In the last column, I discussed the “overall” problems with loan modifications. Specifically, that most of the programs do not give any meaningful modification to the loan and there is no “upfront” approval or denial of the modification prior to entering into the trial modifications payments.
Since the column was published, I have received many calls wanting to know more nuts and bolts information about the current state of loan modification programs. So here is what I know after 2 years.
1. Income- The borrower needs to have documented income. If the borrower does not receive a regular paycheck, monies need to be going through a bank account to show income. Loan modifications are much harder for self-employed individuals.
2. Loan Modification Payments include payment of principal. Therefore, if you have an option arm loan (also known as a pick-a-payment) or an interest only loan, the loan modification payment will in all likelihood be higher than your prior payment amount. Also, loan modification payments will include an impound for taxes and insurance which will further increase the monthly payment.
3. There are no principal balance reductions. The best we have seen is where the investor waives the accrued interest on the loan. If a person tells you they got a principal reduction, it is usually means that a portion of the loan balance is now a silent second which will need to be paid at the time of sale of the property or as a balloon payment later.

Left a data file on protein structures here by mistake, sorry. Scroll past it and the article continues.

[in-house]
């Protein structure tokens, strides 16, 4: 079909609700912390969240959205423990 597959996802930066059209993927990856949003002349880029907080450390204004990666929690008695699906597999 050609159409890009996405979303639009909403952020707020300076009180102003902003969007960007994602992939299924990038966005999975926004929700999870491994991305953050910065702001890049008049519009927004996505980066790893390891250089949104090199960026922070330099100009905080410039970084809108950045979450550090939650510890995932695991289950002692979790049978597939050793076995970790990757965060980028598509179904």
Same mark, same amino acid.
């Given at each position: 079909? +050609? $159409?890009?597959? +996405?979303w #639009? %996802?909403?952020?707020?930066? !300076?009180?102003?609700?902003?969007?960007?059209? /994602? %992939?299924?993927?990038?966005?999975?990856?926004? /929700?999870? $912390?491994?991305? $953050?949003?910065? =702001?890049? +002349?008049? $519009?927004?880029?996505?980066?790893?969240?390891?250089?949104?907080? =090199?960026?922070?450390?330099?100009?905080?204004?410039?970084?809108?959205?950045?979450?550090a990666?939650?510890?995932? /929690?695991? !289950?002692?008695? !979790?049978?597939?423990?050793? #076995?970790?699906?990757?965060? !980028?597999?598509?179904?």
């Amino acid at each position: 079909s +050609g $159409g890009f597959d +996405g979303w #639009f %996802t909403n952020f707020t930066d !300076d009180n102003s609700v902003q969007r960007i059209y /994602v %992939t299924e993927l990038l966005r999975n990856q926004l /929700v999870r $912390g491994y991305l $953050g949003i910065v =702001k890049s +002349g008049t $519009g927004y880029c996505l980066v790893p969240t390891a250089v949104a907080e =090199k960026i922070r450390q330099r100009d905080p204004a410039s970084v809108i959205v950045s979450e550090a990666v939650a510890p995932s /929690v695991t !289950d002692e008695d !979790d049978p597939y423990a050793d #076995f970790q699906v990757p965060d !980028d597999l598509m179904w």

4. A trial modification does not guarantee a permanent modification. I have clients who have been in trial modifications for over 1 year with no permanent modification. The word on the street is that “new” people who are applying for modifications will have their underwriting done prior to starting the trial modification and that the modification is guaranteed. However, I will believe it when I see it.
5. Consider filing bankruptcy to discharge credit card and other unsecured debt before applying for loan modification. When you apply for a loan modification, the lender will run your credit. While a low credit score will not prevent a modification, the less unsecured debt you have, the more money you will have available to make the modification payments. A Chapter 13 may also be available to avoid a junior lien on your home.
6. Net Present Value Test. This is the mystery calculation used by investors to determine whether a loan modification should approved. What we do know is that the borrower’s long term ability to pay on a modification combined with the present value of the investor’s investment i.e. the collateral weighs heavily in the calculation. Therefore, if you live in a “low” foreclosure area such as Danville or San Ramon, the likelihood that an investor will want “get out” now, is very high. On the other hand, if the value of the investment is very low at this time i.e. the value of the home is low, the lender will be more inclined to approve the modification.
In conclusion, most loan modifications make no sense for borrowers. There will be no principal reduction or long term payment reduction. However, if you are considering a a default on your home or considering a loan modification, I urge you to seek legal counsel as soon as possible to fully understand the consequences of the decision.
*WE ARE DEBT RELIEF AGENCY AND HELP PEOPLE FILE FOR BANKRUPTCY. THIS INFORMATION IS NOT PROVIDED AS LEGAL ADVICE AND SHOULD NOT BE RELIED UP IN MAKING ANY DECISION REGARDING A VOLUNTARY DEFAULT, SHORT SALE, FORECLOSURE OR BANKRUPTCY. THIS INFORMATION IS NOT A SUBSTITUTE FOR OBTAINING TAX & LEGAL ADVICE REGARDING AN INDIVIDUAL SITUATION.
© 2010 Joan Grimes